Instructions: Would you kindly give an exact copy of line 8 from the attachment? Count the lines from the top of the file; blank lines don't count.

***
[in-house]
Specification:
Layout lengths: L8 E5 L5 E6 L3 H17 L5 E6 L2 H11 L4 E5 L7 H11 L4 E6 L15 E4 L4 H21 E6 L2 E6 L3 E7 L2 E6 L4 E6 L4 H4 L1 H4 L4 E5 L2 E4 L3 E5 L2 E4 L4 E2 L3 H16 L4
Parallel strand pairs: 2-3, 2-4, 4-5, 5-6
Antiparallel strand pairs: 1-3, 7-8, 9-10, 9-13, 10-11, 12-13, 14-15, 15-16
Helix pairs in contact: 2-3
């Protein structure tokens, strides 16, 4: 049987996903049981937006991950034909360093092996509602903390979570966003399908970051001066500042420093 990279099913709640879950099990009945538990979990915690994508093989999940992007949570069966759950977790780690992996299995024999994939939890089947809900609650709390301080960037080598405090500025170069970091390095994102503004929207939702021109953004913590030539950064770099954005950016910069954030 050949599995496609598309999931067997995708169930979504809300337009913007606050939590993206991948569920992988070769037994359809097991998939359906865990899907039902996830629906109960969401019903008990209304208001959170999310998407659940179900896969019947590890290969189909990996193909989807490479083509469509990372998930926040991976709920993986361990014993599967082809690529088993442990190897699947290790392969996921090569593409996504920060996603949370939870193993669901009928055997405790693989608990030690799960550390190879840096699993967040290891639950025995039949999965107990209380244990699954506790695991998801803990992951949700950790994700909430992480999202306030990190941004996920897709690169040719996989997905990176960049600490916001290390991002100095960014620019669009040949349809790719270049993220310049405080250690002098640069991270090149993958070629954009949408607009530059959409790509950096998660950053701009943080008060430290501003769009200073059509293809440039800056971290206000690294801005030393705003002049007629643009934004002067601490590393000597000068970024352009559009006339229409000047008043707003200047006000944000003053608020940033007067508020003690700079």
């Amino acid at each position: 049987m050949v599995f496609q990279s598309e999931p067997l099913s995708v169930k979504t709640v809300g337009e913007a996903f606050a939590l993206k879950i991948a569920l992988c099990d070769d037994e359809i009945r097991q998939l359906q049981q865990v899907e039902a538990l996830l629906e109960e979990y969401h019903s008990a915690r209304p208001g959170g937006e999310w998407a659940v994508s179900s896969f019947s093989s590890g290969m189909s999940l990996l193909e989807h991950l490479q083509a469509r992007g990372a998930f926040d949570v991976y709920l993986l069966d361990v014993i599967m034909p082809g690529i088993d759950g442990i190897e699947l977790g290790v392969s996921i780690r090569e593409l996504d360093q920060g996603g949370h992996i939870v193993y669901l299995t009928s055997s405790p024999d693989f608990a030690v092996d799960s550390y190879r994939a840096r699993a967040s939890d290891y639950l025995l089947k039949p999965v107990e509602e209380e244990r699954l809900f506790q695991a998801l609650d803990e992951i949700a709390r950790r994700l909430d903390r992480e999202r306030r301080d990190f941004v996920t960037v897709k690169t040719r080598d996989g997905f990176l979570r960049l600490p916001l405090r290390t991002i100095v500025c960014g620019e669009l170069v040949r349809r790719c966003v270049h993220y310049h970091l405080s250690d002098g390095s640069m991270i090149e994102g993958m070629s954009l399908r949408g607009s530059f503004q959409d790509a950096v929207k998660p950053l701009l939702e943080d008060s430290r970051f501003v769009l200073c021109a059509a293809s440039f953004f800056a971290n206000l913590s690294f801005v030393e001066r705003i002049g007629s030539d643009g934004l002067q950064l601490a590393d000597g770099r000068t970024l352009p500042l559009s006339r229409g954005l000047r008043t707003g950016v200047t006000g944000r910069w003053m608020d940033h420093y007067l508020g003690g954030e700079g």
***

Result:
């Amino acid at each position: 049987m050949v599995f496609q990279s598309e999931p067997l099913s995708v169930k979504t709640v809300g337009e913007a996903f606050a939590l993206k879950i991948a569920l992988c099990d070769d037994e359809i009945r097991q998939l359906q049981q865990v899907e039902a538990l996830l629906e109960e979990y969401h019903s008990a915690r209304p208001g959170g937006e999310w998407a659940v994508s179900s896969f019947s093989s590890g290969m189909s999940l990996l193909e989807h991950l490479q083509a469509r992007g990372a998930f926040d949570v991976y709920l993986l069966d361990v014993i599967m034909p082809g690529i088993d759950g442990i190897e699947l977790g290790v392969s996921i780690r090569e593409l996504d360093q920060g996603g949370h992996i939870v193993y669901l299995t009928s055997s405790p024999d693989f608990a030690v092996d799960s550390y190879r994939a840096r699993a967040s939890d290891y639950l025995l089947k039949p999965v107990e509602e209380e244990r699954l809900f506790q695991a998801l609650d803990e992951i949700a709390r950790r994700l909430d903390r992480e999202r306030r301080d990190f941004v996920t960037v897709k690169t040719r080598d996989g997905f990176l979570r960049l600490p916001l405090r290390t991002i100095v500025c960014g620019e669009l170069v040949r349809r790719c966003v270049h993220y310049h970091l405080s250690d002098g390095s640069m991270i090149e994102g993958m070629s954009l399908r949408g607009s530059f503004q959409d790509a950096v929207k998660p950053l701009l939702e943080d008060s430290r970051f501003v769009l200073c021109a059509a293809s440039f953004f800056a971290n206000l913590s690294f801005v030393e001066r705003i002049g007629s030539d643009g934004l002067q950064l601490a590393d000597g770099r000068t970024l352009p500042l559009s006339r229409g954005l000047r008043t707003g950016v200047t006000g944000r910069w003053m608020d940033h420093y007067l508020g003690g954030e700079g």